# statistics question

Announcements
#1
How do I solve part c? I thought of it along the lines of inverse binomial distribution where-
X~B(120, 5/120)
P(X=x)=0.95
How do I find x?

Any help would be appreciated
Last edited by mmike2003; 1 year ago
0
1 year ago
#2
so firstly the sign should not be equal but smaller or equal, and then you use the cumulative thing in your calc and you should find it that way by looking for the first one which is above 0.95, so in this case 9 i think
1
#3
(Original post by dmears55)
so firstly the sign should not be equal but smaller or equal, and then you use the cumulative thing in your calc and you should find it that way by looking for the first one which is above 0.95, so in this case 9 i think
Thank you this was really helpful 1
1 year ago
#4
(Original post by dmears55)
so firstly the sign should not be equal but smaller or equal, and then you use the cumulative thing in your calc and you should find it that way by looking for the first one which is above 0.95, so in this case 9 i think
Agree about the sign, but not with the rest of it.

mmike2003

You have an open ended situation here. It is NOT a binomial distribution.
0
#5
(Original post by ghostwalker)
Agree about the sign, but not with the rest of it.

mmike2003

You have an open ended situation here. It is NOT a binomial distribution.
Oh wait, I thought I use binomial distribution. Any hint? Or could you show some working for help please? Thanks
0
1 year ago
#6
(Original post by mmike2003)
Oh wait, I thought I use binomial distribution. Any hint? Or could you show some working for help please? Thanks
It's easiest to look at the complementary event. So, we're looking for the probability of him not winning in n weeks, say, being less than 0.05

If we let p be the probability that he wins in a given week, then:

What's the probability that he doesn't win in the first week?
Ditto in the first two weeks?
And the first three?

See the pattern. Then consider n weeks and form an inequality.
Last edited by ghostwalker; 1 year ago
0
#7
(Original post by ghostwalker)
It's easiest to look at the complementary event. So, we're looking for the probability of him not winning in n weeks, say, being less than 0.05

If we let p be the probability that he wins in a given week, then:

What's the probability that he doesn't win in the first week?
Ditto in the first two weeks?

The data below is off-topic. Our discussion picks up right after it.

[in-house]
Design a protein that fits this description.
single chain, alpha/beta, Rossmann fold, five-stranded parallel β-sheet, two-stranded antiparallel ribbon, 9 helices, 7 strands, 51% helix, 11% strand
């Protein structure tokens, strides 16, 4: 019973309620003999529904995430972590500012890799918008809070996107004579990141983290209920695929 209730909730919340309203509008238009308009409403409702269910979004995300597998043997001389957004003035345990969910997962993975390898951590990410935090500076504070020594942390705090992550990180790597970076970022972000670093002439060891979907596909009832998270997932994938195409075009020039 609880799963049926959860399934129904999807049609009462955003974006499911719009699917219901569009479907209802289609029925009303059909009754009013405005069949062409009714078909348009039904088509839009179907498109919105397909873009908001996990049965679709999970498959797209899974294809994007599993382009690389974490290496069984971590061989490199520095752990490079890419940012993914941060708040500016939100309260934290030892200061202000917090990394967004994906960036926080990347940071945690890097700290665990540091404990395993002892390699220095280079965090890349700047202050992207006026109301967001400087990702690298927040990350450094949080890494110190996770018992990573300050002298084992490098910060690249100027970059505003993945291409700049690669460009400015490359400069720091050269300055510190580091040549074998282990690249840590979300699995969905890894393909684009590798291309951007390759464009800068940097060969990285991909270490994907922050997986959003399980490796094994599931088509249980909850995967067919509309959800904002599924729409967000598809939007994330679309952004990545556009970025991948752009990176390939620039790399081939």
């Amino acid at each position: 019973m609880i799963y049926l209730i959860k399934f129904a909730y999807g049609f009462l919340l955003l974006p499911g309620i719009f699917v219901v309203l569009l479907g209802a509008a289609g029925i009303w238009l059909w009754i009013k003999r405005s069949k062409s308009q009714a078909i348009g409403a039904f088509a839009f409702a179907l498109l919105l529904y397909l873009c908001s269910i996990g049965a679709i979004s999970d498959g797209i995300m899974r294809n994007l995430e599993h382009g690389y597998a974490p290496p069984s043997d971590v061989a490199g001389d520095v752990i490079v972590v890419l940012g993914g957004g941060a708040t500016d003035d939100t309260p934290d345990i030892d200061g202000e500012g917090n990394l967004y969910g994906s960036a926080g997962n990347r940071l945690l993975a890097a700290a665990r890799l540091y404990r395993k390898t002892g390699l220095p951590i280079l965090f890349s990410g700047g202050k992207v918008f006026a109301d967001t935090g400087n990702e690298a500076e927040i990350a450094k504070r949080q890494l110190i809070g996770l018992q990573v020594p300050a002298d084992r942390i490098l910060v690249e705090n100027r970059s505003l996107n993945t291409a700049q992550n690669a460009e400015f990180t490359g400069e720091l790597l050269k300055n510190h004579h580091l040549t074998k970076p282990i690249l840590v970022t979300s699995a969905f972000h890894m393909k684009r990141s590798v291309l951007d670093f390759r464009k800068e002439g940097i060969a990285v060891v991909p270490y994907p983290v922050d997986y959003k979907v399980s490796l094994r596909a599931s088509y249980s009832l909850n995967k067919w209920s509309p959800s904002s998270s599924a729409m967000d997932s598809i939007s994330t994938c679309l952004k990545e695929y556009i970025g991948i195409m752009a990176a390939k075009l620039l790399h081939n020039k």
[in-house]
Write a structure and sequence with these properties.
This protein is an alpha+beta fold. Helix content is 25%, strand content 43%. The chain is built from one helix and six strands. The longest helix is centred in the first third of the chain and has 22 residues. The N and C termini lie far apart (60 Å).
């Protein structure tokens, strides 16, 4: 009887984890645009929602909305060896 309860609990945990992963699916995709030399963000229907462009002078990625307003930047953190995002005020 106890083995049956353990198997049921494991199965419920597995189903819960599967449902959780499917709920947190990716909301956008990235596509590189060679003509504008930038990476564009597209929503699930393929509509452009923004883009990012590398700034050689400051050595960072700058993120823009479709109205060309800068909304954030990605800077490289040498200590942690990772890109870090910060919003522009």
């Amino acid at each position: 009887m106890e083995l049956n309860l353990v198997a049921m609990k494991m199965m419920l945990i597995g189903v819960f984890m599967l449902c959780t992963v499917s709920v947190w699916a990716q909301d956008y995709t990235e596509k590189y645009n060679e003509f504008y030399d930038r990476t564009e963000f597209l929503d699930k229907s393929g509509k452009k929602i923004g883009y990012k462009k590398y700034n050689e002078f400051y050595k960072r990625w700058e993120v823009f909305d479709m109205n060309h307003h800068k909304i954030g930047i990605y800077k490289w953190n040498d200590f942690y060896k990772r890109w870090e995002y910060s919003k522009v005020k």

And the first three?

See the pattern. Then consider n weeks and form an inequality.
Thanks for the hint.

The probability that he wins on any given week is 5/120
So, the probability that he doesn't win on any given week is 1- [5/120] = 23/24

how do I find week two and three? Once I get these I think I can find the pattern to solve the inequality
0
1 year ago
#8
(Original post by mmike2003)
Thanks for the hint.

The probability that he wins on any given week is 5/120
So, the probability that he doesn't win on any given week is 1- [5/120] = 23/24

how do I find week two and three? Once I get these I think I can find the pattern to solve the inequality
Don't know the previous answers, so I assume your figures are correct.

Are weeks 2 and 3 any different to week 1, in terms of the probability of not winning?

Note: We're not just interested in just week2, but rather the first two weeks together, etc.
0
#9
(Original post by ghostwalker)
Don't know the previous answers, so I assume your figures are correct.

Are weeks 2 and 3 any different to week 1, in terms of the probability of not winning?

Note: We're not just interested in just week2, but rather the first two weeks together, etc.
Yes, I would assume it is given by (23/24)^n , where n is the number of weeks???

so week two would be (23/24)^2=0.918??
and week three would be (23/24)^3=0.8801?

Am I thinking along the right lines?
0
1 year ago
#10
(Original post by mmike2003)
Yes, I would assume it is given by (23/24)^n , where n is the number of weeks???

so week two would be (23/24)^2=0.918??
and week three would be (23/24)^3=0.8801?

Am I thinking along the right lines?
The probabilty of failing in week2 is still 23/24, so the probablity of not winning in the first two weeks is (23/24)^2

Etc.

And hence the probablity of failing in all the first n weeks (i.e. not winning) is (23/24)^n, as you have.

So, it just remains to form the inequality and solve.
0
#11
(Original post by ghostwalker)
The probabilty of failing in week2 is still 23/24, so the probablity of not winning in the first two weeks is (23/24)^2

Etc.

And hence the probablity of failing in all the first n weeks (i.e. not winning) is (23/24)^n, as you have.

So, it just remains to form the inequality and solve.
I need to find the number of weeks to achieve a probability of winning at 95%, hence a probability of not winning at 5%

(23/24)^n<0.05
so, n=log base 23/24 (0.05)= 70.3890 . This rounds to 71 weeks I guess

Is this correct?
0
1 year ago
#12
(Original post by mmike2003)
I need to find the number of weeks to achieve a probability of winning at 95%, hence a probability of not winning at 5%

(23/24)^n<0.05
so, n=log base 23/24 (0.05)= 70.3890 . This rounds to 71 weeks I guess

Is this correct?
Looks good.

And you should be aware that the distribution you're looking at is the Geometric.
1
#13
(Original post by ghostwalker)
Looks good.

And you should be aware that the distribution you're looking at is the Geometric.
Thank you this was very helpful 0
X

new posts Back
to top
Latest

### Oops, nobody has postedin the last few hours.

Why not re-start the conversation?

see more

### Poll

Join the discussion

#### How confident are you that you'll achieve the grades you need to get into your firm uni?

I think I've exceeded the grades for my university offer (14)
17.5%
I think I've met the grades for my university offer (21)
26.25%
I think I've missed the grades for my university offer (41)
51.25%
Something else (tell us in the thread) (4)
5%